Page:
“[The perfect afternoon at Yankee Stadium] is when the Yankees score eight runs in the first inning, and then slowly pull away." -Yankees owner Jacob Ruppert in the 1920s

The original Yankee Stadium, open from 1923 to 2008, was so often the home office for October baseball. To see it as Ruth saw it, or even as Jeter saw it, would have been great. Fortunately, the new Yankee Stadium, big, opulent, expensive, incorporates many elements from the original. As Jeter said at the last game in the older stadium, they took the tradition across the street.

Bizarrely, I almost feel like it will be familiar to enter the Stadium. Much of my formative baseball experience involves watching playoff baseball games at Yankee Stadium, back in the good old days when Fox had all the games. October was sensational for a sports kid with network television.

Like everyone, I got goosebumps watching those World Series games in 2001, when mystique and aura were not “dancers in a nightclub,” as Arizona Diamondback pitcher Curt Schilling said, but a real, almost living part of Yankee Stadium. With Ground Zero still smoldering, with hearts still in throats, a largely past-its-prime Yankees roster captivated the nation.

Game 3: President Bush became the first sitting President since Eisenhower in 1956, firing a strike from the mound. Seven innings of Roger Clemens, two innings of Rivera for a 2-1 Yankee win.

Game 4: On Halloween, Arizona took a 3-1 lead into the bottom of the ninth. With two out, Tino Martinez hit a two-run, game-tying homer off Byung-Hyun Kim. Then, in the 10th inning, Jeter hit an opposite-field, game-winning homer. My favorite sportswriter, Joe Posnanski, has called it the greatest baseball moment of his life. The crowd at the Stadium sang, “New York, New York,” over and over afterward.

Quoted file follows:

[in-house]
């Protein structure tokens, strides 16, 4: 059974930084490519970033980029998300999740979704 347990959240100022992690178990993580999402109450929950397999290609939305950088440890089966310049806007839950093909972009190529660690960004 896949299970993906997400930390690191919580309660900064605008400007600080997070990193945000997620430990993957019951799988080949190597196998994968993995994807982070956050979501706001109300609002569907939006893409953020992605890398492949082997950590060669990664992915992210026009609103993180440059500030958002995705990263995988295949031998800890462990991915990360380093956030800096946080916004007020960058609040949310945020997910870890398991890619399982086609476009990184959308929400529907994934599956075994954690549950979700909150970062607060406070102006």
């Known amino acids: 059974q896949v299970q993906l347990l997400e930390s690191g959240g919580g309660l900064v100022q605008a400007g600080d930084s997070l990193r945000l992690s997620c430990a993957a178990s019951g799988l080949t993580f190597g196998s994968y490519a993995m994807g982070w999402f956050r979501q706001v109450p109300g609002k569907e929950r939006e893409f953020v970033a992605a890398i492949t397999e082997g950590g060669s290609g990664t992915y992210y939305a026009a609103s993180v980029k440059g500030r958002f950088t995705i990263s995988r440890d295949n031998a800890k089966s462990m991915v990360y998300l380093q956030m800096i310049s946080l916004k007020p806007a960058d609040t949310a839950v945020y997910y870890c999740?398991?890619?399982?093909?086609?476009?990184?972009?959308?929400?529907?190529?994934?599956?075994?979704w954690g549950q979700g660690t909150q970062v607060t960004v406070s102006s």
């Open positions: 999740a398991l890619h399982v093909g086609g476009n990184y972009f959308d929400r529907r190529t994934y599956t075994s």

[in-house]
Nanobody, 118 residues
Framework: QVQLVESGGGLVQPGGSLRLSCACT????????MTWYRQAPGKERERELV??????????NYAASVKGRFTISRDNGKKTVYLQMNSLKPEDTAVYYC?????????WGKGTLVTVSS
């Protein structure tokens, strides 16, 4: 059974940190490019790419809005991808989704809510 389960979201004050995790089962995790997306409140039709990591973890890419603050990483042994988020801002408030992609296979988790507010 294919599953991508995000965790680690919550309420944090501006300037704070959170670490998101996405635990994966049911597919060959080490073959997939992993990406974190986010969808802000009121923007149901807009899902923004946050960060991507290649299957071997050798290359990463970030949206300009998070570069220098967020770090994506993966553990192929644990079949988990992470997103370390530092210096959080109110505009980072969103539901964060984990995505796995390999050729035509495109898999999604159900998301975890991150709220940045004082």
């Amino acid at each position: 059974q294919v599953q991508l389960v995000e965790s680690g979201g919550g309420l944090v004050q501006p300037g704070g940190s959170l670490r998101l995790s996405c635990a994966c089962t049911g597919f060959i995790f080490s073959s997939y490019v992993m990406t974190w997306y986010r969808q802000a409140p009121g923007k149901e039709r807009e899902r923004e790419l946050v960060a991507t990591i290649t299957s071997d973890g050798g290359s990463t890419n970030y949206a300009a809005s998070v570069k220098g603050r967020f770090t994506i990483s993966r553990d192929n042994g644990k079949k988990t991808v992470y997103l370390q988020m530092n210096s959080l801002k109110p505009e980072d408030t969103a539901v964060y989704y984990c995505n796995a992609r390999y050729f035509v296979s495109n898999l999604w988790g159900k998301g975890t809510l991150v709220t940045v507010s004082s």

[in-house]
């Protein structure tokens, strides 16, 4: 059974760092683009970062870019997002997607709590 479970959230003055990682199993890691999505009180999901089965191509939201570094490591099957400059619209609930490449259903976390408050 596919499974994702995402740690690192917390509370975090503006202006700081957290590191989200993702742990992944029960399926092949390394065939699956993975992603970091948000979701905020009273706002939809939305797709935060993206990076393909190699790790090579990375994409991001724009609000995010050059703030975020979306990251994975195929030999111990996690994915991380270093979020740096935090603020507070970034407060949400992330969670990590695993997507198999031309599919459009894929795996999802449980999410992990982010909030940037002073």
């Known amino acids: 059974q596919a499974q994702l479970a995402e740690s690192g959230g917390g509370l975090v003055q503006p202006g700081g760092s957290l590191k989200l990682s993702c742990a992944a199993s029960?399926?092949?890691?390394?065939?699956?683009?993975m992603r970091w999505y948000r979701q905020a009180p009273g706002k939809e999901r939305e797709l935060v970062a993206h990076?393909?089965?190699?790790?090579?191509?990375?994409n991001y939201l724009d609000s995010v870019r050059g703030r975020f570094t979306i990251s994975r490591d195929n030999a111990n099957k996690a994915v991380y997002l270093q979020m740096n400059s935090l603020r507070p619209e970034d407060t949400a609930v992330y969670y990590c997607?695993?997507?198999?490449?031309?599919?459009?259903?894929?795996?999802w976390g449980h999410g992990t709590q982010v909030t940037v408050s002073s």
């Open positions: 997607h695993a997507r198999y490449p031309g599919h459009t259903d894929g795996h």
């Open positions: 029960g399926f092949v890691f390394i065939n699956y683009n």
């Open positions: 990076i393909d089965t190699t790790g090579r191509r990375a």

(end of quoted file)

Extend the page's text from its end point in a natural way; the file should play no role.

Game 5: Lightning struck twice. With two out, down two in the ninth, Scott Brosius blasted a two-run homer to tie it, raising his fist triumphantly in the air almost immediately after hitting it. Yankee Stadium roared and roared and roared. The Yankees later won the game with a walkoff Alfonso Soriano hit in the 12th.

The gritty Diamondbacks ended up winning the great Series in seven games, but those three games hold a treasured spot in the attic of the memory for baseball fans and for Americans.

"I hated the Yankees. I mean that sincerely. I HATED those guys." -George Brett

"Of course we can beat the Yankees." -Buck O'Neil in the 1990s

It seems almost impossible to believe now, but the Royals and Yankees were rivals, or something like it, in the late 1970s and early 1980s. Four times in five years, the two teams, the mighty Yankees from Gotham and the fiery Royals from Cowtown, clashed in the American League Championship Series with a berth in the World Series on the line.

In 1976, the Yankees won the best-of-five series with a walkoff homer by Chris Chambliss in Game Five. The Bronx Zoo of fans spilled onto the field, and Chambliss dodged through the bedlam to circle the bases. Royals fans might point out Chambliss never touched home, avoiding the mob there. He later went back to touch it, but it had been stolen.

The Yankees again prevailed in five in 1977, beating the winningest Royals team ever, and won again in 1978, this time in four games. Finally, in 1980, Kansas City broke through when George Brett smashed an upper-deck homer off Goose Gossage, completing the sweep. Years later Steinbrenner referenced this homer when Brett asked, “Why do you hate me, George?” The highlight and Brett’s “in-your-face” home run trot are frequently replayed to this day at Kauffman Stadium.